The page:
When you think of a traumatic brain injury (TBI), your first thought is likely to be a sports-related accident, such as a football player crashing head-first into a rival, or perhaps a head-on collision in a car accident – something less likely to impact senior loved ones. Nevertheless, the prevalence of traumatic head injuries in seniors is far more common than you might assume. In truth, among the leading causes of TBIs is falls – which we all know are also one of several leading reasons behind significant head injuries among older adults.
Traumatic brain injury is classified as mild, moderate, or severe, according to various criteria: if the individual who incurred the injury was rendered unconscious, and if so, how long the state of unconsciousness continued, combined with the degree of symptom severity. No matter what the classification, a TBI may have long-lasting and significant effects on the elderly. Symptoms vary from one person to another, but can sometimes include any or all of the following:
- Confusion, disorientation, and the inability to remember the events related to the injury
- Difficulties with remembering new information and/or with speaking coherently
- Headache and/or dizziness
- Blurred vision
- Nausea and/or vomiting
- A ringing sound in the ears
- Emotional and/or sleep disturbances
In a mild TBI, or concussion, a senior loved one generally maintains a state of consciousness, or if unconsciousness is experienced, it is no more than 30 minutes in duration. A moderate TBI is diagnosed when unconsciousness lasts more than 30 minutes but under 24 hours, while a severe TBI results from more than a day of unconsciousness. Symptoms are usually similar regardless of the level of injury; however, they are much more serious and last longer as the severity increases.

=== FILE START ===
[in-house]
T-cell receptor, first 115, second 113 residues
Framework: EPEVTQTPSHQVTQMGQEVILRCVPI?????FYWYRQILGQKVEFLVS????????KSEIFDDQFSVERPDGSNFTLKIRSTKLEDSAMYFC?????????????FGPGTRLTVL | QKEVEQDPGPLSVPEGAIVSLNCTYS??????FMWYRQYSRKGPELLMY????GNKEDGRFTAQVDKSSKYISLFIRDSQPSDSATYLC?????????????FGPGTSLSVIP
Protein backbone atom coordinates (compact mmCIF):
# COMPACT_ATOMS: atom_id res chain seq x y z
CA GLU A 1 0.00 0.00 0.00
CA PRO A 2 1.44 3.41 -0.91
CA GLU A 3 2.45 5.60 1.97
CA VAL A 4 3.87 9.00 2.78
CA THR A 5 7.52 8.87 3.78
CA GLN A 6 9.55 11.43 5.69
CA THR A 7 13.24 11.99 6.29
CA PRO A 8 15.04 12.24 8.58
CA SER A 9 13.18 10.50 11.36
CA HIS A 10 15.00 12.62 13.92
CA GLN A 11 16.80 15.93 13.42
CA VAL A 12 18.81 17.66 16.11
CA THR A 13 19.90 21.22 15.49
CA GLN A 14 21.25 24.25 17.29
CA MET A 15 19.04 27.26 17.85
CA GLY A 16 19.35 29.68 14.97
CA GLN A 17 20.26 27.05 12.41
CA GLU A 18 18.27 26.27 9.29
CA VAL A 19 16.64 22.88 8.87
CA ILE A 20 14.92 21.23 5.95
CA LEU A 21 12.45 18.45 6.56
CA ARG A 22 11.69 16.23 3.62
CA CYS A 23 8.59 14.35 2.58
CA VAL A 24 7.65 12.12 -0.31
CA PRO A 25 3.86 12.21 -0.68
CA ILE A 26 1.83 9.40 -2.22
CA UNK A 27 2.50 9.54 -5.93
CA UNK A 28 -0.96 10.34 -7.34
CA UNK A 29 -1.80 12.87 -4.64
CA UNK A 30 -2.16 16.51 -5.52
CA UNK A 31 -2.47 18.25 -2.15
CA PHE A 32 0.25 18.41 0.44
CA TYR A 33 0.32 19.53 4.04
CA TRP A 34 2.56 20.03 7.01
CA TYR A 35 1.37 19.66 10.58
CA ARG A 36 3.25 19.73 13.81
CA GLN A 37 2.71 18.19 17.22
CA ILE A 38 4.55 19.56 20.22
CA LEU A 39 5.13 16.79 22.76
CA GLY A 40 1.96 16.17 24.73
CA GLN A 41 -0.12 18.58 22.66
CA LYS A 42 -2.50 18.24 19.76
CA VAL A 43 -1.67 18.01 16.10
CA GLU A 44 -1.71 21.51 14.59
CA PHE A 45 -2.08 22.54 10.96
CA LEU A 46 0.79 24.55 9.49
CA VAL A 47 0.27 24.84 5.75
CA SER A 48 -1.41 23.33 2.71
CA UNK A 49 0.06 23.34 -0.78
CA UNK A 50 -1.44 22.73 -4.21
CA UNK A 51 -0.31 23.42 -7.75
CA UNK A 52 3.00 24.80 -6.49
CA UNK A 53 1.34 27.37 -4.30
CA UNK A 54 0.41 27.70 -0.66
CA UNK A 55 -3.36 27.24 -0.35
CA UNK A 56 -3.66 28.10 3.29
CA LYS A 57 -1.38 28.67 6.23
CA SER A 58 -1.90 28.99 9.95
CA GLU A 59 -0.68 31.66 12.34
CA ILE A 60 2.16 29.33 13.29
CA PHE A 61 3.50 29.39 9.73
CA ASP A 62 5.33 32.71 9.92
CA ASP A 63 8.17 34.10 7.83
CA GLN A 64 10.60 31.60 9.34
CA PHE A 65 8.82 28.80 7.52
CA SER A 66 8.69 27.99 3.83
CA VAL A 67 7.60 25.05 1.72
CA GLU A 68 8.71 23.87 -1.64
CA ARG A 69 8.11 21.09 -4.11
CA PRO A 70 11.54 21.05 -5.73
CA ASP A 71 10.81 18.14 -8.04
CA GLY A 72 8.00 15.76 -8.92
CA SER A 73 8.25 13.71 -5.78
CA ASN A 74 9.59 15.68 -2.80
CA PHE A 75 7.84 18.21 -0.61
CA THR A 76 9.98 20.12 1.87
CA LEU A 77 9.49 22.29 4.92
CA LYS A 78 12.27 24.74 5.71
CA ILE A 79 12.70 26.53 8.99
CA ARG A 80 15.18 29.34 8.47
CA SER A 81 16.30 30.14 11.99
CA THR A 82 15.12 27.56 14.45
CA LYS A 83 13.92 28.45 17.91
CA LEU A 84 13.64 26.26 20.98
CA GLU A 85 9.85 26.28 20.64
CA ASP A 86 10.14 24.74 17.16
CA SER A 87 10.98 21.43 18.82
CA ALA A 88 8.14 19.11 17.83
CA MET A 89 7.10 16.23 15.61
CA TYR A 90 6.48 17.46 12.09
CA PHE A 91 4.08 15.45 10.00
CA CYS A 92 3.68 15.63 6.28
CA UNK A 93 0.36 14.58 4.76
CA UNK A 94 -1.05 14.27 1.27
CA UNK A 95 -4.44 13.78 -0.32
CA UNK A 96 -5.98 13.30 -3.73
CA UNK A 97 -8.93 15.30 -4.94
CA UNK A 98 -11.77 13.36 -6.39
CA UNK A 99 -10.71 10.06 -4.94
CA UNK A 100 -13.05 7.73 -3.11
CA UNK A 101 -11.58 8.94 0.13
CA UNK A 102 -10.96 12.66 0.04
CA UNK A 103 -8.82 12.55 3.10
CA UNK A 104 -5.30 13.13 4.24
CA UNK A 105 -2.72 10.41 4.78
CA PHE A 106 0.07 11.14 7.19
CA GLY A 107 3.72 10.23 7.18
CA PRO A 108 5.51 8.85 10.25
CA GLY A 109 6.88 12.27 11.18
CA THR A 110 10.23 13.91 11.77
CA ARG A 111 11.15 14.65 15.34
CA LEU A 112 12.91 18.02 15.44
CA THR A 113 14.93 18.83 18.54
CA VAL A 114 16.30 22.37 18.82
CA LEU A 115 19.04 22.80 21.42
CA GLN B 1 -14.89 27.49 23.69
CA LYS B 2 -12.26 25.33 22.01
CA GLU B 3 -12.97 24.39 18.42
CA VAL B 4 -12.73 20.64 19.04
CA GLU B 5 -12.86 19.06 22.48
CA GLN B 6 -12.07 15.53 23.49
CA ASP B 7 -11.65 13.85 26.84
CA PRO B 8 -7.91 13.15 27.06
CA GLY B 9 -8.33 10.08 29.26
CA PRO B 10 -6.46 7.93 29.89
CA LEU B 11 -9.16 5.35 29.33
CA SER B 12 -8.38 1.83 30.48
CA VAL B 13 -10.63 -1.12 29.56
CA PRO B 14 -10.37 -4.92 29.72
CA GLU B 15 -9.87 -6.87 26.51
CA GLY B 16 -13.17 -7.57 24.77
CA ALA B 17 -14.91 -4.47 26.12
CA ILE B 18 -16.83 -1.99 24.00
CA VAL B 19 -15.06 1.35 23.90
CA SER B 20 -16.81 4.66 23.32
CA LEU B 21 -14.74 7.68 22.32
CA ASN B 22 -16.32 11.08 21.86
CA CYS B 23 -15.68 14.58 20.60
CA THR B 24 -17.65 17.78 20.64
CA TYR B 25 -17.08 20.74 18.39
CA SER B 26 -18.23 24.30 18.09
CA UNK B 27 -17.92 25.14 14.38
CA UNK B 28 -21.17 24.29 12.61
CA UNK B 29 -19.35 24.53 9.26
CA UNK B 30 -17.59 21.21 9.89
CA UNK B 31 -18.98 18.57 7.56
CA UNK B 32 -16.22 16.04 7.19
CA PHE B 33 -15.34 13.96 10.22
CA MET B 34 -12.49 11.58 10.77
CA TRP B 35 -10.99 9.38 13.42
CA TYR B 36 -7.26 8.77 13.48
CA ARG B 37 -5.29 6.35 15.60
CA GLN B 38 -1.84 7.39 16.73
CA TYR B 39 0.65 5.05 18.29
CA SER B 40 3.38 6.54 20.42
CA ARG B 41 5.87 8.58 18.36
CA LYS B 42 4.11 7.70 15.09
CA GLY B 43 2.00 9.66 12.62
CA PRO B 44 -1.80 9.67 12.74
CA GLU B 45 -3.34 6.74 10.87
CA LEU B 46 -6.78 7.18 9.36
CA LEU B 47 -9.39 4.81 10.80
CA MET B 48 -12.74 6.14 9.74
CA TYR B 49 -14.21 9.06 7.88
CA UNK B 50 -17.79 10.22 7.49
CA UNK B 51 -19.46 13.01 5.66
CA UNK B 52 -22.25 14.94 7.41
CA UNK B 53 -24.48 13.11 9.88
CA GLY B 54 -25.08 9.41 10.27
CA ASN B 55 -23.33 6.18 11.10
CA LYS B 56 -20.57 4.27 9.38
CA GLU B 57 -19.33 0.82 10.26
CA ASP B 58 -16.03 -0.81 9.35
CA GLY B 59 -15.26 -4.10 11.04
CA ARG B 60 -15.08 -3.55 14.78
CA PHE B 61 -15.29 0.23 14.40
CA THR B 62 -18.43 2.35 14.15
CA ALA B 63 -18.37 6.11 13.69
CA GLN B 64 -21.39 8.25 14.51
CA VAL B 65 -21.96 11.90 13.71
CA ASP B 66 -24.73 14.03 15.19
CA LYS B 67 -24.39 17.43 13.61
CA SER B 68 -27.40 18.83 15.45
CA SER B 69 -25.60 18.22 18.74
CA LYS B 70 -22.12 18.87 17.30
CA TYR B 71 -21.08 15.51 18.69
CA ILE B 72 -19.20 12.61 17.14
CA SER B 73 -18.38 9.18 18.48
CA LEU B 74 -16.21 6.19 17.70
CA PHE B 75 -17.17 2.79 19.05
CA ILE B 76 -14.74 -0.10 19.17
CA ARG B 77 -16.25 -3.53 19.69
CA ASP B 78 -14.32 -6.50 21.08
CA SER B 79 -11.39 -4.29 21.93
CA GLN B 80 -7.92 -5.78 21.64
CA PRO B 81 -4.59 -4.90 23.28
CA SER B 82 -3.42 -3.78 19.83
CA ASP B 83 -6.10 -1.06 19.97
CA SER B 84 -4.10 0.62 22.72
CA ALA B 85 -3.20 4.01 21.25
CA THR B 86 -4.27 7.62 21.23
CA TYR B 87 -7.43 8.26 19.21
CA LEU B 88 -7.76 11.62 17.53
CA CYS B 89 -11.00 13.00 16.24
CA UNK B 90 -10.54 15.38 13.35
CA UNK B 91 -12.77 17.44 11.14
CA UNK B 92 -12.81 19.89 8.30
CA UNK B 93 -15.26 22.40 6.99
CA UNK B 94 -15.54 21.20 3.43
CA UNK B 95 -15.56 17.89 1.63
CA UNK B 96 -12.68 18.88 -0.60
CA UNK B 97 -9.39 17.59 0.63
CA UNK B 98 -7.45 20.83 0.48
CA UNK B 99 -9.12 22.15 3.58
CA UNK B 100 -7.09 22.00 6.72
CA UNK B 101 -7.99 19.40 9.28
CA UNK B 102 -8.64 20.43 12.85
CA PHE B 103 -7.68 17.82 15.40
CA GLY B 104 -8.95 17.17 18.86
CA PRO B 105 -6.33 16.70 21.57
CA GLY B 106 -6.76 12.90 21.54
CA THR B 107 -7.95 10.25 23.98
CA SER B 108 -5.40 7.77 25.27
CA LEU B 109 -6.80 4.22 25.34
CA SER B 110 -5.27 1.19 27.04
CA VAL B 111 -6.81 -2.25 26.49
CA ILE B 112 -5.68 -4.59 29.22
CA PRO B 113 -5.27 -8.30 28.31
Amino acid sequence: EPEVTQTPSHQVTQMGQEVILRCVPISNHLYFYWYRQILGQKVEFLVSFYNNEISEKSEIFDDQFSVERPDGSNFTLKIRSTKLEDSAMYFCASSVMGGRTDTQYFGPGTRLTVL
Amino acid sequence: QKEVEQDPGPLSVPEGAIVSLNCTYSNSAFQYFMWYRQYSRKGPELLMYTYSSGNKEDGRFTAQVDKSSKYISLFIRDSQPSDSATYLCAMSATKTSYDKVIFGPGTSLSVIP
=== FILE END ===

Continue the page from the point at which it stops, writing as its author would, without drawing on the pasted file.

With up to 775,000 current senior TBI survivors, it’s highly recommended to take the appropriate steps now to make sure your loved ones stay safe, specifically from falls. These precautionary measures will help:
- Evaluate the home environment and fix any fall hazards such as throw rugs, extension cords, any clutter or furniture hindering walking paths, and insufficient lighting.
- Ensure senior loved ones make use of a cane or walker at all times when advised by the physician, to compensate for any muscular or balance deficits.
- Speak with the physician about any potential medication side effects that could bring about dizziness or drowsiness, each of which heighten fall risk.
- Make sure the senior you love receives at least annual eye exams and that corrective lenses are always worn when prescribed.
Compassionate Nursing Services can assist in a variety of ways, from in-home safety appraisals to prevent falls, to highly individualized care for seniors dealing with all the challenges of a TBI, as well as other conditions. Call us at 314-432-4312 for a free in-home assessment and also to find out more about how we can help with our professional home health care in St. Louis and the surrounding areas.